Then in 1980 Devo released what is probably the greatest synthpop album of all time, Freedom of Choice. For me, Freedom of Choice is right up there with You're Living All Over Me in terms of importance. We on the high school debate team were wed to Freedom of Choice. We were saturated in it; it was our sonic blood. At tournaments we would stack our evidence file-card boxes and brief cases into a pyramid, and atop that pyramid we would perch a big boom box from which would blast "Girl U Want," "Whip It," and "Gates of Steel." No one would mess with us. We had purpose. (Eventually I intend to post on Freedom of Choice; it might have to be in multiple parts.)
Before moving on to Oh, No! It's Devo, a few words on why Devo is so important for an understanding of Hippies vs. Punks. The principal founders of Devo, Mark Mothersbaugh and Gerald Casale, were students at Kent State when, on May 4, 1970, the National Guard opened fire on demonstrators, killing four and setting off a nationwide student strike. Campuses burned and it looked for a time that there was going to be a revolution in the United States. In response, the Nixon Administration launched the Huston Plan, which J. Edgar Hoover put the kibosh on but Nixon maintained in pocket version with the White House Plumbers (leading of course to Watergate).
Casale and Mothersbaugh were so affected by the savagery of the National Guard shootings that they crafted a philosophy of "devolution." Simon Reynolds' interview of Casale in Totally Wired: Post-Punk Interviews and Overviews (2009) perfectly captures the essence of Hippies vs. Punks. Casale said something to the effect that, "Sure, we're all about peace and love and revolution and creating a new world but then daddy comes along and mows a few of us down and we fall right back into line and shut up and do as we are told!" Mothersbaugh and Casale thought that the most cogent response to Kent State was to embrace Dadaism and Fluxus. Anarchy, baby.
In other words, the failure of the Hippies to respond effectively to Kent State leads directly to Punk.
Oh, No! It's Devo came out in the fall, a time when we were all listening to Combat Rock (1982). We liked it, particularly "Speed Racer." That fall Devo made an appearance on Square Pegs, a CBS sitcom that was a vehicle for a pre-stardom Sarah Jessica Parker. I remember making a note to watch it. I was in my freshman year, living alone off campus in a nicely refurbished mother-in-law unit. I can't remember actually watching it. I think I must have been underwhelmed. (I do remember thinking that Sarah Jessica Parker was fetching with her long wavy pigtails and schoolgirl glasses.)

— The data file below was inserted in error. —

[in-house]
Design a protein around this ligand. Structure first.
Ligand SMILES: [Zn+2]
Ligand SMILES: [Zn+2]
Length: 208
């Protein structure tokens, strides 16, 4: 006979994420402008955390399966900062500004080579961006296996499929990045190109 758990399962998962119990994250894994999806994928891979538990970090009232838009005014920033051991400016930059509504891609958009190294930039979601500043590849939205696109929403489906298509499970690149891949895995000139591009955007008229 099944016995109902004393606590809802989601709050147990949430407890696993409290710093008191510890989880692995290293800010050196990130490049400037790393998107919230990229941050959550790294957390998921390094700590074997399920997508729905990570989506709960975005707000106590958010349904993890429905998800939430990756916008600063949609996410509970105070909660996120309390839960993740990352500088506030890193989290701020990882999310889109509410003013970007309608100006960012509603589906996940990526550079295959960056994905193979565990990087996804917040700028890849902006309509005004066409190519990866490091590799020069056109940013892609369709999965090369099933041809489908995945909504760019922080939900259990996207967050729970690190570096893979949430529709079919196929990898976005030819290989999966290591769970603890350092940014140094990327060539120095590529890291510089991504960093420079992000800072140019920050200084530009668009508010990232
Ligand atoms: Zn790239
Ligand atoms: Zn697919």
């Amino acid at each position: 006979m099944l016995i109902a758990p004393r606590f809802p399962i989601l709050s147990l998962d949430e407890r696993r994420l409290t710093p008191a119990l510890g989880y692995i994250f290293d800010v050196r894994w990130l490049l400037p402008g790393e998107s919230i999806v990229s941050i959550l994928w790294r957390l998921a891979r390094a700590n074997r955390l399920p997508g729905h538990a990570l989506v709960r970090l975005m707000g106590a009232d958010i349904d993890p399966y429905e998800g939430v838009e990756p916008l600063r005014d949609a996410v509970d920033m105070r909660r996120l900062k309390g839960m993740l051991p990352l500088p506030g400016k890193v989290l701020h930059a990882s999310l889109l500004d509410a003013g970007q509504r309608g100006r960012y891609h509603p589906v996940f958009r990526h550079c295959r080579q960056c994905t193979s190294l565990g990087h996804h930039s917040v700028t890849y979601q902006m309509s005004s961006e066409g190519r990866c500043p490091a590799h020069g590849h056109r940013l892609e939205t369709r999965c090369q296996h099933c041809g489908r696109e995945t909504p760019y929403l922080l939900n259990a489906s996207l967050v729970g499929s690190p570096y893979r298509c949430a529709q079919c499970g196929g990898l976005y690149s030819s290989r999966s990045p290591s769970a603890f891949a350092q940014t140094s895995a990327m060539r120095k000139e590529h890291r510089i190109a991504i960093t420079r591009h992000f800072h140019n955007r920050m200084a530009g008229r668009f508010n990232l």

I say "we," meaning a buddy who I went to high school with; he was attending Stanford on the other side of the Bay. We made plans to see Devo when they came to San Francisco. My memory isn't exact here, but I think we -- me, Kevin, and my girlfriend-who-would become-my-wife -- saw them on New Year's Eve at the Warfield. The band was tremendous, truly incredible, very physical, very tight. Bob Mothersbaugh used a heavy-duty whammy bar to bust all the strings on his guitar. There was a big screen with video playing while the band performed. I think it is one of the best concerts I have seen.
Listening to Oh, No! It's Devo again after all these years -- I probably haven't listened to the album more than once or twice in over 23 years -- my initial reaction was not kind. It seems like the band, which always peddled schlock, was parodying its own schlock. And that's a hard sell.
Then walking to work one morning I experienced a moment of incandescence when I heard "Speed Racer." It was like I was frying on acid and the whole Hippie/Punk "society is a hole" perspective yawned in front of me. There is speed racer who is always trying to outrun everything, distance himself from class and status and the other categories of existential confinement. He is followed by the big pirate who likes to drink and steal and kill. That's basically society. Big pirate is followed by barbie doll who has lots of brains and likes sex. Self-explanatory. Another basic construct. Then comes the doctor who, same as big pirate, likes to steal. So there it is. Society is murderous theft. Delivered in faux-naif synthpop. Pretty amazing.
I started hearing everything on Oh, No! It's Devo differently after my "Speed Racer" acid trip. The album gets cooking I think with track three "Out of Sync." All of side two is strong. "I Desire" is based on a poem that John Hinckley, Jr. wrote to Jodie Foster. It is a great song.